Outlining complex US tax policy on Twitter has its limitations.
On Dec. 4, less than 12 hours after a Saturday Night Live cold open about his inability to stop tweeting, US president-elect Donald Trump tapped out a tweetstorm promising retribution for any US company moving jobs offshore. Or, if his statements are to be taken at grammatical face value, to levy a 35% tax on literally any US company that fires its employees.
“The U.S. is going to substantialy [sic] reduce taxes and regulations on businesses, but any business that leaves our country for another country, fires its employees, builds a factory or plant in the other country, and then thinks it will sell its product back into the U.S. ….. without retribution or consequence is WRONG! There will be a tax on our soon to be strong border of 35% for these companies …… wanting to sell their product, cars, A.C. units etc., back across the border. This tax will make leaving financially difficult, but….. these companies are able to move between all 50 states, with no tax or tariff being charged. Please be forewarned prior to making a very … expensive mistake! THE UNITED STATES IS OPEN FOR BUSINESS.”
Sent through a proofreader, Trump is presumably saying that companies with offshore factories will be hit with a 35% tax on any goods sold back into the US. It’s the latest salvo in a crusade against outsourcing that claimed a victory this week after heating and air conditioner manufacturer Carrier agreed to keep some of its jobs at an Indiana factory from moving to Mexico. (The deal involved state incentives.)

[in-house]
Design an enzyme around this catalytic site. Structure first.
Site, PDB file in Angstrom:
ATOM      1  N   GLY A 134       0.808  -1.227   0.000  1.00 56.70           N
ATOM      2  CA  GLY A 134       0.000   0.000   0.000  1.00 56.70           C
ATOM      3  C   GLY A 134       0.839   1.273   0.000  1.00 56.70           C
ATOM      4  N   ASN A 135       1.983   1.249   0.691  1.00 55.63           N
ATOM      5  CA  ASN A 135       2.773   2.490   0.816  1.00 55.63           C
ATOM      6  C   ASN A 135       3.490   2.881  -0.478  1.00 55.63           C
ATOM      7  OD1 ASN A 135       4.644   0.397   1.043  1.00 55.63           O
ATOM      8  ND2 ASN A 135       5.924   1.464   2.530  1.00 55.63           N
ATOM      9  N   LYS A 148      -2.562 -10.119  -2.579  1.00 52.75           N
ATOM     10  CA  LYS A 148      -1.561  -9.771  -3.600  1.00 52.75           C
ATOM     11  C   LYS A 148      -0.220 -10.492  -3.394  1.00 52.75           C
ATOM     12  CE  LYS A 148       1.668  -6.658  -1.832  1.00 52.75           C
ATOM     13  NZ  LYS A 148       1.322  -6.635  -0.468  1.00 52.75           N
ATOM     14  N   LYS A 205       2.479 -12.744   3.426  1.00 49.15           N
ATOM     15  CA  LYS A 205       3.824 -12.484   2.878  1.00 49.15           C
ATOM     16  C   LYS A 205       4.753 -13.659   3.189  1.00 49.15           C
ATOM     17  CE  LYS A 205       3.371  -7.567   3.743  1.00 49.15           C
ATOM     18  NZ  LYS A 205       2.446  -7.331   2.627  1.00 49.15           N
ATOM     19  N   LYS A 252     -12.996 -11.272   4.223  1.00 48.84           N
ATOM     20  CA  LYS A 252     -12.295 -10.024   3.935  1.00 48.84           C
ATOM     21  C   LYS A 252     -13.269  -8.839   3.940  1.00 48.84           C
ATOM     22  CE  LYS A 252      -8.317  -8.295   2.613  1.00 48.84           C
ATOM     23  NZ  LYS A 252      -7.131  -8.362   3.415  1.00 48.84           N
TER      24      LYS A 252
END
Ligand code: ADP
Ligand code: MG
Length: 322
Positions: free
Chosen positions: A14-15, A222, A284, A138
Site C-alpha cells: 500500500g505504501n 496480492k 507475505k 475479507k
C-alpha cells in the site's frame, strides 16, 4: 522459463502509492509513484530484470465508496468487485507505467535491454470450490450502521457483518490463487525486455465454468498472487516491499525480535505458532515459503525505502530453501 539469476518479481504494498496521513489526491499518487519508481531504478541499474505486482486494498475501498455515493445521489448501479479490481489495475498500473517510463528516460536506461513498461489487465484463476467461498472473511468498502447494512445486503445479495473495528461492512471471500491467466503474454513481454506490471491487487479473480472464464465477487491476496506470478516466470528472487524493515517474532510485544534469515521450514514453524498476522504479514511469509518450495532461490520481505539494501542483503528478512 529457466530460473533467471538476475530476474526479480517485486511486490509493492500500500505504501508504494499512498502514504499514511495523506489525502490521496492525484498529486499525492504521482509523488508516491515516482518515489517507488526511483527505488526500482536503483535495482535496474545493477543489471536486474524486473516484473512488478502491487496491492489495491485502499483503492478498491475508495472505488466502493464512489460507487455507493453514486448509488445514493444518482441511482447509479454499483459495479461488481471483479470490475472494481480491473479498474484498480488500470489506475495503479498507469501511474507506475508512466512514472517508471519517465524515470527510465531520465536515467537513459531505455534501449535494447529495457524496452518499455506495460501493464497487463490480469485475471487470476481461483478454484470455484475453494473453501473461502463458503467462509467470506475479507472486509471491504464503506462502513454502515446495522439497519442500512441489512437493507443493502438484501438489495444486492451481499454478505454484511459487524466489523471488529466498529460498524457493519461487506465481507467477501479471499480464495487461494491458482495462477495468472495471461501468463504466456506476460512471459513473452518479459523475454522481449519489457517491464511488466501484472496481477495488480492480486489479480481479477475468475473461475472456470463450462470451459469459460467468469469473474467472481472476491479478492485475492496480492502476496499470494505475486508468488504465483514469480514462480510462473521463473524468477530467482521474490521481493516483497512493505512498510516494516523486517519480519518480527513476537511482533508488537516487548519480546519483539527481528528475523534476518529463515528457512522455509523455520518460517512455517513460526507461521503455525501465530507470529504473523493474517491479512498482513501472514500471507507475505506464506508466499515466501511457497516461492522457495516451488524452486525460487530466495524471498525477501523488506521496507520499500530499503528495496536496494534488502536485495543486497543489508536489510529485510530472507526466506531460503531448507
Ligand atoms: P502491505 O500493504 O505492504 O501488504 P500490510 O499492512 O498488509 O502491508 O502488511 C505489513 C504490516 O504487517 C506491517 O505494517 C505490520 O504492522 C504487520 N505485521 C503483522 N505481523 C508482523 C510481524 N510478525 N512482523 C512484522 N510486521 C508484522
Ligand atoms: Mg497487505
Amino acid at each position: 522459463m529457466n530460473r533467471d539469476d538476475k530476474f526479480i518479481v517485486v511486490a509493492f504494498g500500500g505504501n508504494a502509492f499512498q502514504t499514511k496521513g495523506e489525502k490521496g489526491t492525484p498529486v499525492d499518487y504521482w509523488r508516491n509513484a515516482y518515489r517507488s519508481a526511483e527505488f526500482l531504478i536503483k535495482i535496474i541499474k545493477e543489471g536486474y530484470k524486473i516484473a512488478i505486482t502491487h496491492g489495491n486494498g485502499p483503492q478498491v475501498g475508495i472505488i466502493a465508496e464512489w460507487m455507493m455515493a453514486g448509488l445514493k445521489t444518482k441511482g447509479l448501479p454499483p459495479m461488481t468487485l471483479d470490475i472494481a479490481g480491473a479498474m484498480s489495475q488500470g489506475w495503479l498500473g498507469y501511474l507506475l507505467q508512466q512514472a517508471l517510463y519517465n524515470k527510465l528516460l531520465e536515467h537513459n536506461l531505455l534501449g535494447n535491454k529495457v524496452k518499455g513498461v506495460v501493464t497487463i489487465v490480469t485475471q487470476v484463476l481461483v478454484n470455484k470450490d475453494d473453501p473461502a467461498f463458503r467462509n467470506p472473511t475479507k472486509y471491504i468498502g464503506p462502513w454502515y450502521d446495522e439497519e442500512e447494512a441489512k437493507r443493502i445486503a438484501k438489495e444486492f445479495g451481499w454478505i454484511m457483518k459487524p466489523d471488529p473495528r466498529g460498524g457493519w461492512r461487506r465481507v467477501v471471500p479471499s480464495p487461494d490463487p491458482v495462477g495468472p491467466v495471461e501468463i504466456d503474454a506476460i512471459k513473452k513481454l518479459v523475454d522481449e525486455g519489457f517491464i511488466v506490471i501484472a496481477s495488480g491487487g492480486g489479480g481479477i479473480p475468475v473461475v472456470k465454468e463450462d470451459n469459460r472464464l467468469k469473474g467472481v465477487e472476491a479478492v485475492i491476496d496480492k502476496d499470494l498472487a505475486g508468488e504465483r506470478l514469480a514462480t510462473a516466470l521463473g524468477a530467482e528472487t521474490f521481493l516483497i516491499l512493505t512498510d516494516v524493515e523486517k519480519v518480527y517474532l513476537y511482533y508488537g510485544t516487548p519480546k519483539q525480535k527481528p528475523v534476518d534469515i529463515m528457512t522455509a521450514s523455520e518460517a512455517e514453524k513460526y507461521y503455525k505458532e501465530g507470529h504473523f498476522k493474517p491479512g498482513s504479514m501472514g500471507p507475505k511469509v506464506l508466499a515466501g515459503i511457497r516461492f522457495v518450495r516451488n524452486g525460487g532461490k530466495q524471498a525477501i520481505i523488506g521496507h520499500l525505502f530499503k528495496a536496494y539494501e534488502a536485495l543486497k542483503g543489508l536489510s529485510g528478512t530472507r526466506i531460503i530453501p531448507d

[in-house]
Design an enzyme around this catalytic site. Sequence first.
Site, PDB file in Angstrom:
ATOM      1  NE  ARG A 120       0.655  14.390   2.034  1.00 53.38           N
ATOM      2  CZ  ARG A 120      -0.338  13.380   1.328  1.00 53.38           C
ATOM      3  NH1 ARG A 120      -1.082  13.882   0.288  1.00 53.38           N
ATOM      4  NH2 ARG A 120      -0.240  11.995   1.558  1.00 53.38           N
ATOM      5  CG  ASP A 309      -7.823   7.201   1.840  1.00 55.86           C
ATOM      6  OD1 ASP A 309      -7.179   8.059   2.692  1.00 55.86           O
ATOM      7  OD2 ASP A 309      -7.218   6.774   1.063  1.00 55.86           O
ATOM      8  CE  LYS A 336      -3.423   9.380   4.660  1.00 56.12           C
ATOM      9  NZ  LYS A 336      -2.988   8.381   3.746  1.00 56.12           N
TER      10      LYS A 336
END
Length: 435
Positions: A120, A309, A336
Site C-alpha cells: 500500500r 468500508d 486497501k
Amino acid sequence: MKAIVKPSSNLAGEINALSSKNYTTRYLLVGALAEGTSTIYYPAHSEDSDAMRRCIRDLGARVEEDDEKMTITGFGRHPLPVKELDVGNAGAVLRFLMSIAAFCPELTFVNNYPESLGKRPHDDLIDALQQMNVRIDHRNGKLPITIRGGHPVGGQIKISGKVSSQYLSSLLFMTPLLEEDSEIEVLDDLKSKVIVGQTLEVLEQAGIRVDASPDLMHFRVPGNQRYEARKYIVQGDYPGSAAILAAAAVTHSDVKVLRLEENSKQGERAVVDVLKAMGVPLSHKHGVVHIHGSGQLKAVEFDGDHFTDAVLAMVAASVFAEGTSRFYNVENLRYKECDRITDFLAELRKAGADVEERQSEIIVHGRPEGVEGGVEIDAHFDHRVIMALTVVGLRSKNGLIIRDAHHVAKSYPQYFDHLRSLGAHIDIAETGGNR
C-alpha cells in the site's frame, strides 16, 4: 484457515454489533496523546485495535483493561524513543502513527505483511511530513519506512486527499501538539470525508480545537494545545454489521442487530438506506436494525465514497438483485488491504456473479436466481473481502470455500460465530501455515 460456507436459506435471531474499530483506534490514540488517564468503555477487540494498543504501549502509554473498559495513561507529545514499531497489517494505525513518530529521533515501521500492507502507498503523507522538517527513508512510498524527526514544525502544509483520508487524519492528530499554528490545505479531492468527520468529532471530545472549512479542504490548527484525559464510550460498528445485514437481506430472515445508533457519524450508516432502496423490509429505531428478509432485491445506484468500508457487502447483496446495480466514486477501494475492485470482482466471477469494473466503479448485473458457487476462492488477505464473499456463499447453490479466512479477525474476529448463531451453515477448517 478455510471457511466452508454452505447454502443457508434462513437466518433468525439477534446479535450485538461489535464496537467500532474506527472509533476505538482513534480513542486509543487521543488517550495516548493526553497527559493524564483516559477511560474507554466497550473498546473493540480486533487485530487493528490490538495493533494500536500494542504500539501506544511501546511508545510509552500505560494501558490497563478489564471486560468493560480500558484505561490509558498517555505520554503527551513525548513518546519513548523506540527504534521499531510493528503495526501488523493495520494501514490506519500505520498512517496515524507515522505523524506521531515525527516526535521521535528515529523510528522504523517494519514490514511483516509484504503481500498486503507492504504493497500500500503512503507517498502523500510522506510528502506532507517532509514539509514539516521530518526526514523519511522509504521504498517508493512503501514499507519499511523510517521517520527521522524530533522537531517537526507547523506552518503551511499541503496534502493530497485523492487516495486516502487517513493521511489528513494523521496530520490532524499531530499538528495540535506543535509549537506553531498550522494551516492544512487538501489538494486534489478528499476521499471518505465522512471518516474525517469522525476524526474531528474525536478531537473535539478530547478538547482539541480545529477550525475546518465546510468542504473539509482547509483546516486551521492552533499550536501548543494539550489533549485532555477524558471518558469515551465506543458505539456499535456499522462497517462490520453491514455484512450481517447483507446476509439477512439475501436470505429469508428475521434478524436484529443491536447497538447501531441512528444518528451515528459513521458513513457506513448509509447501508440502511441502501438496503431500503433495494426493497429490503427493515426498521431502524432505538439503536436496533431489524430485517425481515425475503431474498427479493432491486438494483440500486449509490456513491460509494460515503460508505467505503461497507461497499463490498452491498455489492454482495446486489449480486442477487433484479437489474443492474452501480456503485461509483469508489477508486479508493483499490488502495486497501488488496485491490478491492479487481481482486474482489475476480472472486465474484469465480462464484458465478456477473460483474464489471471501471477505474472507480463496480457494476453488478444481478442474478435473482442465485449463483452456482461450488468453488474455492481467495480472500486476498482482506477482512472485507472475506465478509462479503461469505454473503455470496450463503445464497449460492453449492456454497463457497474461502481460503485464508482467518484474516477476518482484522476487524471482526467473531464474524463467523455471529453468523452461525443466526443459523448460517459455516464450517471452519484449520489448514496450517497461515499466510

Trump has promised to make America more palatable for US companies by reducing regulations and lowering taxes, but has never shied from suggesting his administration would pursue punitive measures against those moving jobs offshore. While Treasury secretary pick Steven Mnuchin and Commerce secretary pick Wilbur Ross have softened some of Trump’s more aggressive rhetoric on trade, his Twitter comments do suggest a policy that will include both carrot and stick. Last month, Trump said US manufacturing was the first thing he brought up in a post-election conversation with Apple CEO Tim Cook.
Trump being taken “seriously but not literally” has gone a long way with his supporters, and on that spectrum Twitter grammar is downright nitpicking. But for a president-elect whose relationship with the press is tepid at best, Trump’s candid remarks do gain significance—especially if they’re a glimpse at policy that could affect many US employers, as well as consumer prices.
The president-elect has already used his Twitter platform to take credit for saving an auto plant that was never closing, to claim millions of people “voted illegally,” and to announce murky plans to avoid conflicts of interest by leaving his businesses “in total.” If Twitter is to be the Trump administration’s version of a press release, then every comma counts.